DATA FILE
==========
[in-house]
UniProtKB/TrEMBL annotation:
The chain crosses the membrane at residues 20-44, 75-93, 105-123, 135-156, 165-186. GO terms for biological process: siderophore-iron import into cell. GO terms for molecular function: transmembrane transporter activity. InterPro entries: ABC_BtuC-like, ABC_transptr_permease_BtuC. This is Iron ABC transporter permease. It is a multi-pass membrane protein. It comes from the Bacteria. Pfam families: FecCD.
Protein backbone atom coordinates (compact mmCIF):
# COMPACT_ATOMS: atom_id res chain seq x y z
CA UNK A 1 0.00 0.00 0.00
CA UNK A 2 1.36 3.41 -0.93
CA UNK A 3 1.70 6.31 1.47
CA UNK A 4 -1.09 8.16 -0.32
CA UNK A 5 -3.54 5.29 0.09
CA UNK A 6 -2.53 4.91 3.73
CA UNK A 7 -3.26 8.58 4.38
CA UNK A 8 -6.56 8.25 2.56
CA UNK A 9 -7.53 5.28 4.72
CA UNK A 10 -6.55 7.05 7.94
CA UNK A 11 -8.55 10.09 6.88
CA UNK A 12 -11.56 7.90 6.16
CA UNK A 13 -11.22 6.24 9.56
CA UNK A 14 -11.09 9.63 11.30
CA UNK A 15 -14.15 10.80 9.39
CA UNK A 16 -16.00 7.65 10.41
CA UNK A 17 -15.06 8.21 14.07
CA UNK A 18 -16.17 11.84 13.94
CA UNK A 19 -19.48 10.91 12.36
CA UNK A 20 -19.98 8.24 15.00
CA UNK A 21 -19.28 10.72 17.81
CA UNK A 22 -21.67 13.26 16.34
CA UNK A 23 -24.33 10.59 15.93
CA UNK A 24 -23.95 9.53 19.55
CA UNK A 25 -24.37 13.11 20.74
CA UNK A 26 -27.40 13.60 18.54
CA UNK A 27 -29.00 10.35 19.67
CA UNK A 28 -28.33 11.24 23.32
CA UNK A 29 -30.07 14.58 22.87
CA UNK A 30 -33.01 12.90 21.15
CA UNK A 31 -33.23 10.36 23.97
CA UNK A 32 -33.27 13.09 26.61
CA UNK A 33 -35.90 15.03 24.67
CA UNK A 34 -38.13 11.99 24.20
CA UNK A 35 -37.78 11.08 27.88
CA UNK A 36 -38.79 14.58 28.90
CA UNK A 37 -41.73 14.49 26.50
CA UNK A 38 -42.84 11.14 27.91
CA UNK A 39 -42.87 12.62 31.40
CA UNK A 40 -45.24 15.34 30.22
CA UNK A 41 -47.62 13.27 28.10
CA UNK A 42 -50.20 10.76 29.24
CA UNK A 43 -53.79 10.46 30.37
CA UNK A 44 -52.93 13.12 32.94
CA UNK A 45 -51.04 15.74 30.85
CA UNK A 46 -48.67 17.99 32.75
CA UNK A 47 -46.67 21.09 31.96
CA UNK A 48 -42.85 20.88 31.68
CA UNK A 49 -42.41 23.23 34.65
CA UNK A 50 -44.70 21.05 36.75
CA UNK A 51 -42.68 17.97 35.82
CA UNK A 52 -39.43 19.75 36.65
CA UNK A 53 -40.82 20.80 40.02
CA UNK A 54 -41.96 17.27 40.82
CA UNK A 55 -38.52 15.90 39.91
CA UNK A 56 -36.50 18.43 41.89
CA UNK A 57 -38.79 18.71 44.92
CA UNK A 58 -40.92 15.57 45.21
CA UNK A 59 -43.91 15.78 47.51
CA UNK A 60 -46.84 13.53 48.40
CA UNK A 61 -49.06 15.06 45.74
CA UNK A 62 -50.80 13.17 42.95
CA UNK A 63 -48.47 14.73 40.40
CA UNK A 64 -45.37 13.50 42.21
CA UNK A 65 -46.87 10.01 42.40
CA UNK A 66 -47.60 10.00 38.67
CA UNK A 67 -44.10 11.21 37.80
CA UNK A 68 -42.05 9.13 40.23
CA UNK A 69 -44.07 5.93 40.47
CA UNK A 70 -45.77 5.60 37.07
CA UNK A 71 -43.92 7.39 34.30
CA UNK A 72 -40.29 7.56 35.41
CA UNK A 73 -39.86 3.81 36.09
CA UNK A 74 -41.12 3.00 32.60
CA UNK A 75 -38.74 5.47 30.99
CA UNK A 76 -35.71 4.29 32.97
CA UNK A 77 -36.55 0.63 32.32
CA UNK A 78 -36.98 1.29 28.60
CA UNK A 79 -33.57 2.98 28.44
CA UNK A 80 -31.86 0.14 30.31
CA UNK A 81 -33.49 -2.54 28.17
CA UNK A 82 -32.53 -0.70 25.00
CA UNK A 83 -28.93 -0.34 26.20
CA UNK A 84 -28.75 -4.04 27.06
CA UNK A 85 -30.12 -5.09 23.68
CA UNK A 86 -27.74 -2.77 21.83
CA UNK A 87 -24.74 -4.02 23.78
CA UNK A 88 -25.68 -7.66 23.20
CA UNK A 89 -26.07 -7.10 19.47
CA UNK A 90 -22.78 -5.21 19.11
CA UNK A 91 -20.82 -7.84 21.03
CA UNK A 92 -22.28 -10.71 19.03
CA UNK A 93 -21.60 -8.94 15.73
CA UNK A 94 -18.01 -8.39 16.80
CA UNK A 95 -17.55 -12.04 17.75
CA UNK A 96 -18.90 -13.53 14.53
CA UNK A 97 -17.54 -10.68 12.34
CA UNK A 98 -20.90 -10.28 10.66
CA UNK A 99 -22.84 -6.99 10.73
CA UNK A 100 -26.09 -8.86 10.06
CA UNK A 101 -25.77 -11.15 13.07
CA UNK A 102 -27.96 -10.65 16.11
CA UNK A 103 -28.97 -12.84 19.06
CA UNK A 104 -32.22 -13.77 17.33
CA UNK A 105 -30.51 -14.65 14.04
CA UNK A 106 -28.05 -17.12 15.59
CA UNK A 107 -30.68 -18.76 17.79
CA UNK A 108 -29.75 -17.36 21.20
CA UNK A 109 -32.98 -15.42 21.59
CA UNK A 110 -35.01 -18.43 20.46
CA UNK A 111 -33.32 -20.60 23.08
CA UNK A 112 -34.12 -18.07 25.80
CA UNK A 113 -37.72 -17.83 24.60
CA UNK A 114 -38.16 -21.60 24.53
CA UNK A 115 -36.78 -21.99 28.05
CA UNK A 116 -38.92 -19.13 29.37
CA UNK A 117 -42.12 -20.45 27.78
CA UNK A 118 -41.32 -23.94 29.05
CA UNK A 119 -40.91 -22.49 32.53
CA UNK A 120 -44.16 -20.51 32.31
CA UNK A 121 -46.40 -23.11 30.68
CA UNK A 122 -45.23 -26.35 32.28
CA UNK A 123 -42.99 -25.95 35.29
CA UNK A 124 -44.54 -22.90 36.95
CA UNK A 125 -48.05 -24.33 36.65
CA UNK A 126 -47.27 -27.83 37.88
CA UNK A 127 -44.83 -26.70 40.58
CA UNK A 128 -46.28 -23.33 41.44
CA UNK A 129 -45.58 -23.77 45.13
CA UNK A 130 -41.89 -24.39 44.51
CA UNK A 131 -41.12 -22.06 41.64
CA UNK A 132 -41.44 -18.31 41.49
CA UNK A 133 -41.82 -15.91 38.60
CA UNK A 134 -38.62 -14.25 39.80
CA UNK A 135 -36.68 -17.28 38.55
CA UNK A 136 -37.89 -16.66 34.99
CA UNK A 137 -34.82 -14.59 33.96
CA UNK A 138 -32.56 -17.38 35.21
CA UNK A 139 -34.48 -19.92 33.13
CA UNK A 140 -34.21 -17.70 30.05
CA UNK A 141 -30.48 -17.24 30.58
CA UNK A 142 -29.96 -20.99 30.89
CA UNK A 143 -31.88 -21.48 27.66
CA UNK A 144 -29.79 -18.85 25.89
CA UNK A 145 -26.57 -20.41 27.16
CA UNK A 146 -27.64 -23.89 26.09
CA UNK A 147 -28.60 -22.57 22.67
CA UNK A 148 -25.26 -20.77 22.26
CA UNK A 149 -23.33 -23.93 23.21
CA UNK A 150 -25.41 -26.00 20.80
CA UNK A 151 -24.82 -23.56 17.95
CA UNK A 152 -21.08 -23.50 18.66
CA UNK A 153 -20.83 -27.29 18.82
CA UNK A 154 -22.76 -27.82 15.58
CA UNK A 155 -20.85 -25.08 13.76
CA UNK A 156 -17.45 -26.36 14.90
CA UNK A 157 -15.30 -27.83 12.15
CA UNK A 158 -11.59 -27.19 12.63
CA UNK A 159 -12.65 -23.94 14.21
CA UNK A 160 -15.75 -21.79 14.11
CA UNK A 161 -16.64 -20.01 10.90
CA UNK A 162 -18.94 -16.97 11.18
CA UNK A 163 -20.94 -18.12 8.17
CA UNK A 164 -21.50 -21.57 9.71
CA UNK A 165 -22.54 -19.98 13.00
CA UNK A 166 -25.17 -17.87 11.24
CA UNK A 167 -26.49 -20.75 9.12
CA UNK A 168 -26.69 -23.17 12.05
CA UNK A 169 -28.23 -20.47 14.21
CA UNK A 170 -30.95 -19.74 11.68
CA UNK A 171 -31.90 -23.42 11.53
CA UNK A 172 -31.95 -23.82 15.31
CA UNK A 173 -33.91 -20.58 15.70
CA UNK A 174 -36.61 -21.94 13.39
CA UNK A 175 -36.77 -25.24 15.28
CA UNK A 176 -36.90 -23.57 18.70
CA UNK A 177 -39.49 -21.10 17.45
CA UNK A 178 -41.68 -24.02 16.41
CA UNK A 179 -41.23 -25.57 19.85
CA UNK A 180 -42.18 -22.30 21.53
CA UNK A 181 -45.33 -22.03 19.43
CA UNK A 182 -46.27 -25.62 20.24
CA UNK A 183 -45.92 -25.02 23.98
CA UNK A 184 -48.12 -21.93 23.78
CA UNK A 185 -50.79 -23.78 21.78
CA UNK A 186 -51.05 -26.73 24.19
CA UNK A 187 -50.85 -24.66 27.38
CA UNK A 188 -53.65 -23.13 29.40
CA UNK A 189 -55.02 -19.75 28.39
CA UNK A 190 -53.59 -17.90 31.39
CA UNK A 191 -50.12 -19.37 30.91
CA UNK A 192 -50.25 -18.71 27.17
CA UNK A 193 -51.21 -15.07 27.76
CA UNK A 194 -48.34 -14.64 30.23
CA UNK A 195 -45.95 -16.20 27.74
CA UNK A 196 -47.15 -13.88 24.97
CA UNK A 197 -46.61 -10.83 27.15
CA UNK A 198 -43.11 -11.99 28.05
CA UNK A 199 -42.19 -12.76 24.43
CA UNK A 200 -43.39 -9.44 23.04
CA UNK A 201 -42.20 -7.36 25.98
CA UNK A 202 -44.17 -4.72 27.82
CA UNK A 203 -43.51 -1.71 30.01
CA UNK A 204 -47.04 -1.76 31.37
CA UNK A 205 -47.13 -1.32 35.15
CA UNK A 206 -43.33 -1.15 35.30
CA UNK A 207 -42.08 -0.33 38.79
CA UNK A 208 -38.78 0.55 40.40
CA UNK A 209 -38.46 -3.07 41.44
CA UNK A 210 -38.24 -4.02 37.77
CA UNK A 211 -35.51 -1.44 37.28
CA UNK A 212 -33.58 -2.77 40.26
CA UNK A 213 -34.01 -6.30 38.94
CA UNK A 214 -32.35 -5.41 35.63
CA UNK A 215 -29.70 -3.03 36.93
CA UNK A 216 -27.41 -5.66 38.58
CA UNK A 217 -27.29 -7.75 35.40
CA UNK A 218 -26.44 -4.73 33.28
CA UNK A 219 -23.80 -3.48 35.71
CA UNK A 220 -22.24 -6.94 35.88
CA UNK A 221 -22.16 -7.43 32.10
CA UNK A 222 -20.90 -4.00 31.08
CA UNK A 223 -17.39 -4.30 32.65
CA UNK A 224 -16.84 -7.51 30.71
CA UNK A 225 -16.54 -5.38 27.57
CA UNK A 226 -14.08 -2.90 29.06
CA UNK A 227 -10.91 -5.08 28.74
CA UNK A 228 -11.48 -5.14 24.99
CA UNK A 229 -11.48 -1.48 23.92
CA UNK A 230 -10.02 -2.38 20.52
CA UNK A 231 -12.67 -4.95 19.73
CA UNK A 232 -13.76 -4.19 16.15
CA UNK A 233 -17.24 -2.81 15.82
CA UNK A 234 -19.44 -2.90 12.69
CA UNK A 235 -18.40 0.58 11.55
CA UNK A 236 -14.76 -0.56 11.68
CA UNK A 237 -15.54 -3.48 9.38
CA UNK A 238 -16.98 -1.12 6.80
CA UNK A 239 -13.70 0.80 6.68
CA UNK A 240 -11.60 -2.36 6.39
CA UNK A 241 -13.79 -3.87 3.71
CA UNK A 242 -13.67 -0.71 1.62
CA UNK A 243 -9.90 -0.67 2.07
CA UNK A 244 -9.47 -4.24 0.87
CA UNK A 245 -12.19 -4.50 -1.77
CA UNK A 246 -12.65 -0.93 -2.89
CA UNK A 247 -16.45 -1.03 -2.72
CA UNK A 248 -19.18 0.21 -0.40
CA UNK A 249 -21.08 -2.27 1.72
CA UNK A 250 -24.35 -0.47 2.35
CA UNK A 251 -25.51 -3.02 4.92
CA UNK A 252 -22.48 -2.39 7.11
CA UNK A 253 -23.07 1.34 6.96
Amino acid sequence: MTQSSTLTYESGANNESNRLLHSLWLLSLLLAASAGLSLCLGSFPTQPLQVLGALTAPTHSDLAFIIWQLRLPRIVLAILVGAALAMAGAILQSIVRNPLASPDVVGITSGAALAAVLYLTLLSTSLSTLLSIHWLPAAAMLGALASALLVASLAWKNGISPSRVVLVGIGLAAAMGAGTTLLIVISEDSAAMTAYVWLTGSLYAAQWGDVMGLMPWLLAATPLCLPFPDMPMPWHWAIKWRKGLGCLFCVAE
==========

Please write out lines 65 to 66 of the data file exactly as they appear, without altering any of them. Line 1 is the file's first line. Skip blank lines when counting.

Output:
CA UNK A 60 -46.84 13.53 48.40
CA UNK A 61 -49.06 15.06 45.74